Mersing, Malaysia, 30th August - 1st September 2019
A sky full of stars. The closest thing I ever had in my life to an experience like that would be in the jungles of Pulau Tekong on a new moon. Sadly, back then I wasn’t in any condition to appreciate whatever semblance Singapore’s light polluted skies had to that. Fast forward 2 years later, my friend Hon Yi introduced me to an astronomy expedition, led by experienced astro-photographers (himself included). Having always wanted to see the milky way with my very own eyes, I agreed to tag along on the expedition, together with my roommate Ellson.
We met at Kranji at 11am to begin our journey to Mersing. The expedition comprised of 3 different MPVs, and the journey would take approximately 2.5 hours inclusive of immigration clearance. We were thoroughly impressed by the skill of our driver, who was able to drive in the bus lane all the way to the last minute before cutting back into the car lane. In addition, the speed at which Malaysia conducts their immigration procedures was definitely much faster than that of Singapore (with good reason too).
After about an hour and a half’s journey, we arrived in the town of Mersing. As much as the exchange rate favours Singaporeans, the prices of items do not differ by that much. As water from the taps is not potable, we had to purchase mineral water from the provision store to last us for the next 2 days. We had our lunch at KFC (their green chilli chicken actually tasted quite good), before heading off to Sri Kanda resort, where we would set up our base camp.
Sri Kanda resort was located at a remote part of Mersing, with empty beaches, and dark skies. As we chilled in our air-conditioned room, the more experienced astronomers were setting up their equipment. With setups bigger than us, some of the telescopes in the expedition could have been mistaken for military equipment. As it was only our first time on such an expedition, all we had were our DSLR cameras, and a star tracker. The star tracker’s main purpose is the shift the camera at the speed of the stars (the stars don’t actually move, but the earth rotates). This prevents the formation of star trails caused by long exposure of the camera. As evening approached, we went out to do a quick set up of the star tracker, before heading back in for a short nap.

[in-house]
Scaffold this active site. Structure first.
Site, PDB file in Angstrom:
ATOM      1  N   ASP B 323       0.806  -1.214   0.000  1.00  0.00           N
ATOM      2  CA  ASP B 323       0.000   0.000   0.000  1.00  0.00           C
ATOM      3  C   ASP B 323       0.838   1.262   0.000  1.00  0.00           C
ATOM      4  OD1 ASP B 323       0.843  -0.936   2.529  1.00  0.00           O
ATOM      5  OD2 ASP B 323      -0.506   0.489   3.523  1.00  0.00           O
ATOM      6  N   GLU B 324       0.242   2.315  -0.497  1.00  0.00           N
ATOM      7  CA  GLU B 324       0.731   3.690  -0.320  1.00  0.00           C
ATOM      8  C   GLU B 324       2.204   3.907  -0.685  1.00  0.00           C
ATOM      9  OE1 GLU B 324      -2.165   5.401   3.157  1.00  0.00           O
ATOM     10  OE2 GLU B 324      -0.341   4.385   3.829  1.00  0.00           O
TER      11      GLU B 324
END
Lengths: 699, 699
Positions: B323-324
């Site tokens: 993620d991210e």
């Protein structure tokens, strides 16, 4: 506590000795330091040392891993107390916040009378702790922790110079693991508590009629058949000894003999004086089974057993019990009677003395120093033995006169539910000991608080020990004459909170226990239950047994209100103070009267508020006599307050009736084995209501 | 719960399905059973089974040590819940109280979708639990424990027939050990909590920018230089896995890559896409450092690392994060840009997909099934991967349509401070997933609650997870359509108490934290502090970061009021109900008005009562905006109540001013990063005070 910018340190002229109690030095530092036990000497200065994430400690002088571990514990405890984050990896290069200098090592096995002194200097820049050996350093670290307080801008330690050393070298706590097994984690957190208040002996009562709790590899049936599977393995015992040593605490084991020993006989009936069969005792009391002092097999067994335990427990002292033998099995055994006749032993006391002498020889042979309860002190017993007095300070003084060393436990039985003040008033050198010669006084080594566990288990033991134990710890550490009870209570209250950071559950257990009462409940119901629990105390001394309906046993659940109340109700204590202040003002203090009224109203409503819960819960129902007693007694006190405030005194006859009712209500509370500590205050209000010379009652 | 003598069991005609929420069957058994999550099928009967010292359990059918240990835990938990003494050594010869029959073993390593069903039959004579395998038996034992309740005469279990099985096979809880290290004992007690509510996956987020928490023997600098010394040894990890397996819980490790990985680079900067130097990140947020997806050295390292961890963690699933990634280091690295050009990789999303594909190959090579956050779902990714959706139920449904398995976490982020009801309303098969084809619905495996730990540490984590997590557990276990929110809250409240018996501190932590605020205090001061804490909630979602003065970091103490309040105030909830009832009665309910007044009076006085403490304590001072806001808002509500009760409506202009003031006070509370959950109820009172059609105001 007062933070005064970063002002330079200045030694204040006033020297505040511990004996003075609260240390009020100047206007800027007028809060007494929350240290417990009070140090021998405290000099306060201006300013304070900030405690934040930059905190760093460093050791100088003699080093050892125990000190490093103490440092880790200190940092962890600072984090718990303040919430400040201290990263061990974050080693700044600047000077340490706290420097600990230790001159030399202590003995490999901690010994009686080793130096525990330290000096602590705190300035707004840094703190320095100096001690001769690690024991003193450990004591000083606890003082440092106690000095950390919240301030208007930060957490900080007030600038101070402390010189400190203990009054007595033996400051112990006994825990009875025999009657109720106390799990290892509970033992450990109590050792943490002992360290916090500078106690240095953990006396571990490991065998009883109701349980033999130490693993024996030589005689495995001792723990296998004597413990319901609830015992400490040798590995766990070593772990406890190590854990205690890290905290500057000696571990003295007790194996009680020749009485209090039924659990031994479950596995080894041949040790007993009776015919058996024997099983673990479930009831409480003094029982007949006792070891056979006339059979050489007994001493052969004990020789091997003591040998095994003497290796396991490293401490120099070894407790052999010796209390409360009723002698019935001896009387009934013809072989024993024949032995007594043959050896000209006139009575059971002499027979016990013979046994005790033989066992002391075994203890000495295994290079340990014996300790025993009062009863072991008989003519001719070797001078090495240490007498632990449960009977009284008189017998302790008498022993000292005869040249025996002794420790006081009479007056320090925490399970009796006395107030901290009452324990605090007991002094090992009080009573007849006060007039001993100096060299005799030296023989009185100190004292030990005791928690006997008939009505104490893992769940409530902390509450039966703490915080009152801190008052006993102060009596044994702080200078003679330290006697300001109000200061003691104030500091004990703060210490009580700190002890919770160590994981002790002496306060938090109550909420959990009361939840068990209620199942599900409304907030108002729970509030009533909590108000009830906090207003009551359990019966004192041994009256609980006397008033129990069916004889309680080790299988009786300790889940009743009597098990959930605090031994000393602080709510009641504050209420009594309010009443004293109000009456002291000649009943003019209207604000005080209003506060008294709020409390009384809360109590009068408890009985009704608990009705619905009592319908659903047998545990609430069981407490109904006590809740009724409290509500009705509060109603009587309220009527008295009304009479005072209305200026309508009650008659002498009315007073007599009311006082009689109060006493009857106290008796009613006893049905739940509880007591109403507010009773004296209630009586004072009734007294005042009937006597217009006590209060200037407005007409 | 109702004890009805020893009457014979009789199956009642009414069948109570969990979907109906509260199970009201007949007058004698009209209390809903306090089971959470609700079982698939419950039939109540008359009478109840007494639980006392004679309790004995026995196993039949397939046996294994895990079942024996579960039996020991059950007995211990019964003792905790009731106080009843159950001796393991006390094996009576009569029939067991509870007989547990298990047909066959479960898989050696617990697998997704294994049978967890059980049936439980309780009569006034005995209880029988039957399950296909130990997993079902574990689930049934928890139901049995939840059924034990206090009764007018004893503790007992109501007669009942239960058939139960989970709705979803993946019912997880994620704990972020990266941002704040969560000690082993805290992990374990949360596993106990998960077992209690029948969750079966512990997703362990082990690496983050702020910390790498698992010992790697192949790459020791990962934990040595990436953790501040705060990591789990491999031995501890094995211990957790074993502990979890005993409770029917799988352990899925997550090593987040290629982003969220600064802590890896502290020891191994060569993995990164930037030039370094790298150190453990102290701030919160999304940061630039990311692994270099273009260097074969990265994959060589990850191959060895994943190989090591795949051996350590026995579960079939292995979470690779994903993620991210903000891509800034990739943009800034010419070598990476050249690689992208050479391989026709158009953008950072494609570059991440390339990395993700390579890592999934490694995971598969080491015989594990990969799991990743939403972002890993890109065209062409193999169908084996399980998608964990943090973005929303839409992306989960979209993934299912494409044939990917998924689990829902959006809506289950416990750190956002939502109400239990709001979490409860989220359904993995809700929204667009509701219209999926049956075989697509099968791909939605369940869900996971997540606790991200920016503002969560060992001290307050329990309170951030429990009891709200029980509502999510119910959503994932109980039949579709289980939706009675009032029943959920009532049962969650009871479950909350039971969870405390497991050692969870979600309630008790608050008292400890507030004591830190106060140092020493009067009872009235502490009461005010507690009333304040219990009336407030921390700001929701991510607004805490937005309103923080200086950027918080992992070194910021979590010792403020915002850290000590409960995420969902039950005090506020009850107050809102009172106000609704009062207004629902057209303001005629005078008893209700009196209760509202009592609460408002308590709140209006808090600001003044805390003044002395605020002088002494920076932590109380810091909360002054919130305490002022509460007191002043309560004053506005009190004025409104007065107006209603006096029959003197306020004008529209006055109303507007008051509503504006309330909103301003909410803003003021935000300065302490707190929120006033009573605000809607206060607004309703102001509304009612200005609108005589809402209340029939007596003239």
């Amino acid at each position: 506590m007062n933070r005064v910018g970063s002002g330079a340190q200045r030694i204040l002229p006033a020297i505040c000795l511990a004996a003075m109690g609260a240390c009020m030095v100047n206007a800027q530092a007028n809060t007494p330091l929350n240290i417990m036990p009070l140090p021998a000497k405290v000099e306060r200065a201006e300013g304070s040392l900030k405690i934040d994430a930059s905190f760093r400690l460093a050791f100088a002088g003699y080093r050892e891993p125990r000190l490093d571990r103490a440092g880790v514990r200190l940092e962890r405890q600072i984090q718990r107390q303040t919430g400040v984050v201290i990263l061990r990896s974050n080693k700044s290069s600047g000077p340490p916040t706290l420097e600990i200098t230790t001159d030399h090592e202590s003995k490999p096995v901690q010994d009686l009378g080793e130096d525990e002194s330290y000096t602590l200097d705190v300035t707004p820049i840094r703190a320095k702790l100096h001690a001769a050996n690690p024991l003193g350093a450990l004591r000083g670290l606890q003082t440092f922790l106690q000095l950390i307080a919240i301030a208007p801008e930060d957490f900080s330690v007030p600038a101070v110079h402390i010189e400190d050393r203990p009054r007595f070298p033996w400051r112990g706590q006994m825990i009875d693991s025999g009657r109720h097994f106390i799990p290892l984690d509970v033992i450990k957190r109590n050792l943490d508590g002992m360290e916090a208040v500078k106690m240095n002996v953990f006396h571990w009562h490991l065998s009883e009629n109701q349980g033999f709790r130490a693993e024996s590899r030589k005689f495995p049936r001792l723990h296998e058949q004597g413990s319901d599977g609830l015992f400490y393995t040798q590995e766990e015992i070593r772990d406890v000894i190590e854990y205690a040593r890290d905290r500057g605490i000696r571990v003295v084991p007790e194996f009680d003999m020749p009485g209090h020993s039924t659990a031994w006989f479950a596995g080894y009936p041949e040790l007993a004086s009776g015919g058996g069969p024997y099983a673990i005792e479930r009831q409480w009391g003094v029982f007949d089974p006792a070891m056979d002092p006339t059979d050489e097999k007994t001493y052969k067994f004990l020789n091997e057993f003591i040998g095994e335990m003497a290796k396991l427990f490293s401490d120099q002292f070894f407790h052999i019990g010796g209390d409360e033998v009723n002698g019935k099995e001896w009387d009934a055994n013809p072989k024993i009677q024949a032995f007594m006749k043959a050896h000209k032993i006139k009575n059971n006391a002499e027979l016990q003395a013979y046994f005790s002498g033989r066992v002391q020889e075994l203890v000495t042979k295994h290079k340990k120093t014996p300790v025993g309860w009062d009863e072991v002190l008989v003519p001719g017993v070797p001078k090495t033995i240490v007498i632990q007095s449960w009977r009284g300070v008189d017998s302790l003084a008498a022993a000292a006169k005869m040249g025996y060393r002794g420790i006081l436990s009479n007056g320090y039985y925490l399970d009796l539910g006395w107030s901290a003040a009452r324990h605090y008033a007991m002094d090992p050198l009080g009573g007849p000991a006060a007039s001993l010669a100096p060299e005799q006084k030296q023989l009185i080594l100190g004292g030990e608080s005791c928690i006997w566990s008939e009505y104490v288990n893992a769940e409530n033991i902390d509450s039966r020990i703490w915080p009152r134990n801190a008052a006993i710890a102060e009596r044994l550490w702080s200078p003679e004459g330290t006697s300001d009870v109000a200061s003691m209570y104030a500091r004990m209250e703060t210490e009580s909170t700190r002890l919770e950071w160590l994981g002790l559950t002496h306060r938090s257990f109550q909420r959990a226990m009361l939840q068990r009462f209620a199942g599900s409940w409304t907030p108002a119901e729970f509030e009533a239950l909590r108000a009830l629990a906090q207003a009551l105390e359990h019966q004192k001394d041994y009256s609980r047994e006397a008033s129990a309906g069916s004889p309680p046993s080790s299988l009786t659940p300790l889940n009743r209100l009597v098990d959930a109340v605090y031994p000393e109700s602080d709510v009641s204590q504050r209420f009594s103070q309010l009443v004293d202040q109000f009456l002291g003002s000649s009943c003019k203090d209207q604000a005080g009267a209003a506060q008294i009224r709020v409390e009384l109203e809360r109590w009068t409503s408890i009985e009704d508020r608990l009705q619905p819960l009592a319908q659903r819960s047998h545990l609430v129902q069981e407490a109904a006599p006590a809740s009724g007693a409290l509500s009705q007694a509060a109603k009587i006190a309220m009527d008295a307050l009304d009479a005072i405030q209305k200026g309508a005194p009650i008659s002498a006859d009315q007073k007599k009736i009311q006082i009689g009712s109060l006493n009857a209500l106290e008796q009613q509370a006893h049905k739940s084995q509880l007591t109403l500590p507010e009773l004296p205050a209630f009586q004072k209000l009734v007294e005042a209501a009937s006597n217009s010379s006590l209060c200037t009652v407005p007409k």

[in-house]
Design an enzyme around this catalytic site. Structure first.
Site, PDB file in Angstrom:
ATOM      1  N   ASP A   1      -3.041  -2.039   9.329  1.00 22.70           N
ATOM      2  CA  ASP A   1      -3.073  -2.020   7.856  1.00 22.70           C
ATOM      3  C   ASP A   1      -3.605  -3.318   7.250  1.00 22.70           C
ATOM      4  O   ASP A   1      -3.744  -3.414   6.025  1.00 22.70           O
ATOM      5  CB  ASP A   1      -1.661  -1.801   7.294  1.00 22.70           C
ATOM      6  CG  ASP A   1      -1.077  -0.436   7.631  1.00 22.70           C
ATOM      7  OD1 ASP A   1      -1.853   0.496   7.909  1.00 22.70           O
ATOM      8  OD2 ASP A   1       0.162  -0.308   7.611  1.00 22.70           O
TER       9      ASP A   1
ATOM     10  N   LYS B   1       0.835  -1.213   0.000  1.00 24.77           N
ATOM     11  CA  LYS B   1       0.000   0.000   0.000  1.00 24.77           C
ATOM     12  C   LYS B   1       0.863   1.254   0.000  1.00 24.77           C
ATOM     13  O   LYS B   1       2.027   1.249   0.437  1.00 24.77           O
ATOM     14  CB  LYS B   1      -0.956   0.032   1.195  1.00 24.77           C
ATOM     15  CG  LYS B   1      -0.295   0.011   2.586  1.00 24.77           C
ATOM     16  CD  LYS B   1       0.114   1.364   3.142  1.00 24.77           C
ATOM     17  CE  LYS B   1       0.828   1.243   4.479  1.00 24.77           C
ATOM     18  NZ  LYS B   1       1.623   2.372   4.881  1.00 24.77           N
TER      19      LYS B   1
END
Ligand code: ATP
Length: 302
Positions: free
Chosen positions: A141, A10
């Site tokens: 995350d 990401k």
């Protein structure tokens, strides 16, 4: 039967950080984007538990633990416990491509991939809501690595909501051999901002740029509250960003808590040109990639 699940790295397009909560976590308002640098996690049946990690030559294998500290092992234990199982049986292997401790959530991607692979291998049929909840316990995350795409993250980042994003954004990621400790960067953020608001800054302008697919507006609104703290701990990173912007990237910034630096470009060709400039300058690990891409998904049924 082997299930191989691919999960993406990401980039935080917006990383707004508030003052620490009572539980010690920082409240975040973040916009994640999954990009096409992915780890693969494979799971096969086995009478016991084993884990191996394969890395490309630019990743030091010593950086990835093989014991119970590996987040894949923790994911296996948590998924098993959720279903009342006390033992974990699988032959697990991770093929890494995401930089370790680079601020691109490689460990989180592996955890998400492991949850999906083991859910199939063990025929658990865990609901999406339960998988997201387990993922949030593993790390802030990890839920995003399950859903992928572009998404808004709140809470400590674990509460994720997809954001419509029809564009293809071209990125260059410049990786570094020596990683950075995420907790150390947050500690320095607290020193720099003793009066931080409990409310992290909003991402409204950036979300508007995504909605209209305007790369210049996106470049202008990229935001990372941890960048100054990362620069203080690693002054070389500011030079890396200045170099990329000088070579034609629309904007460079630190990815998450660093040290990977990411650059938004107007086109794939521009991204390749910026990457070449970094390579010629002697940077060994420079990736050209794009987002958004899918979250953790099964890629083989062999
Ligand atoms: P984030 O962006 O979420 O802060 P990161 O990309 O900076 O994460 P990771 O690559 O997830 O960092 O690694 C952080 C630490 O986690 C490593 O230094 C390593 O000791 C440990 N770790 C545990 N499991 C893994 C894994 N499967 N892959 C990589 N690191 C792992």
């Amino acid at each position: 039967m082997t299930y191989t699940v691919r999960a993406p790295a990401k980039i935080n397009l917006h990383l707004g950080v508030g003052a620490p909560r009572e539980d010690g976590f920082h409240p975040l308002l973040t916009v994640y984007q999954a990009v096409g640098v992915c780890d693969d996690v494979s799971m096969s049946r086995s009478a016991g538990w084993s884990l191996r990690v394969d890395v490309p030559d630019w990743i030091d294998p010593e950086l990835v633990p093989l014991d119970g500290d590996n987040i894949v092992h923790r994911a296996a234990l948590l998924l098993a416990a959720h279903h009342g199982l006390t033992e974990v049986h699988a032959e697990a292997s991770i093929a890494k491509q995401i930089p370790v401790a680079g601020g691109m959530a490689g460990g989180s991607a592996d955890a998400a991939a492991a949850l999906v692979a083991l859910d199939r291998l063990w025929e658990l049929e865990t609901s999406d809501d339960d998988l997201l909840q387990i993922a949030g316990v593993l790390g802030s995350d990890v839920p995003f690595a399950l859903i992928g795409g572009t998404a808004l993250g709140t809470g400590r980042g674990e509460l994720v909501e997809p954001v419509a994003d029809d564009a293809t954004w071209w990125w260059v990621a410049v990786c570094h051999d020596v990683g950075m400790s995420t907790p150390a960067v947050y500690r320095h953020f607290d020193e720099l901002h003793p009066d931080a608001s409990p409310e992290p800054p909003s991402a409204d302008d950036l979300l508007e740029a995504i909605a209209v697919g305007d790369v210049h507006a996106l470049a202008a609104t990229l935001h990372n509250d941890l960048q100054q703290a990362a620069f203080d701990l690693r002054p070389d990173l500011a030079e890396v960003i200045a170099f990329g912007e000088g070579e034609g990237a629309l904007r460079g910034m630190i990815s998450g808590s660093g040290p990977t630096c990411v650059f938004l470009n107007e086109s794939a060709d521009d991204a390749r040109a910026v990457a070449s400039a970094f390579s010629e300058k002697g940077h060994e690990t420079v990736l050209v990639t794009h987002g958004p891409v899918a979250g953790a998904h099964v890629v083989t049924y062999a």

As night falls, we started seeing all sorts of constellations form in the sky. Our expedition leader, Remus, did an introduction to each of the different stars in the sky, the constellations they formed, and the timings at which each star will be visible. From 8pm to 1am, we tried out all sorts of different foregrounds for the milky way. From a nearby hill to some huts, the outcome was quite magical and soon we got hooked onto it. Unfortunately, the skies started to get cloudy, and we decided to head back in for the rest of the night.
Some of the shots taken
As dawn approached, we had breakfast before making our way to the beach. The beach was completely empty, and the surroundings were extremely serene. I went to put on my swimming wear and headed for a short swim at the beach. Being alone, and having waves slightly too strong for comfort, I quickly headed back to this mini swimming pool in the resort, where I proceeded to get a sun tan for the next 3 hours. I spent most of the time just soaking in the water, surfing on the net (with my laptop just beside the pool), embracing the peace and serenity. As almost everyone was fast asleep, I had the pool to myself for the entire duration, and it was an experience I would definitely want to go through again.
After a sumptuous lunch, I headed back to the room to sleep, in preparation for what would hopefully be a long night ahead. For the rest of the night, the skies remained clear, and we had a field day taking photos of the milky way. After about 4 hours trying to capture the perfect shots, we ended up taking a step back to admire the stars for what they are thought our own eyes. After processing a few of the photos we took, we crashed for the night.
I woke up to watch the sunrise, snapping a few photos before heading back for breakfast. With our MPVs leaving at 9.30am, we quickly kept our equipment, and boarded the MPVs back to Kranji MRT.
The nights of stargazing have left me starstruck by our insignificance on the universal scale. Ultimately, in our lives that span for only a mere fraction of this universe, it is up to us to decide how we spend this limited lifespan.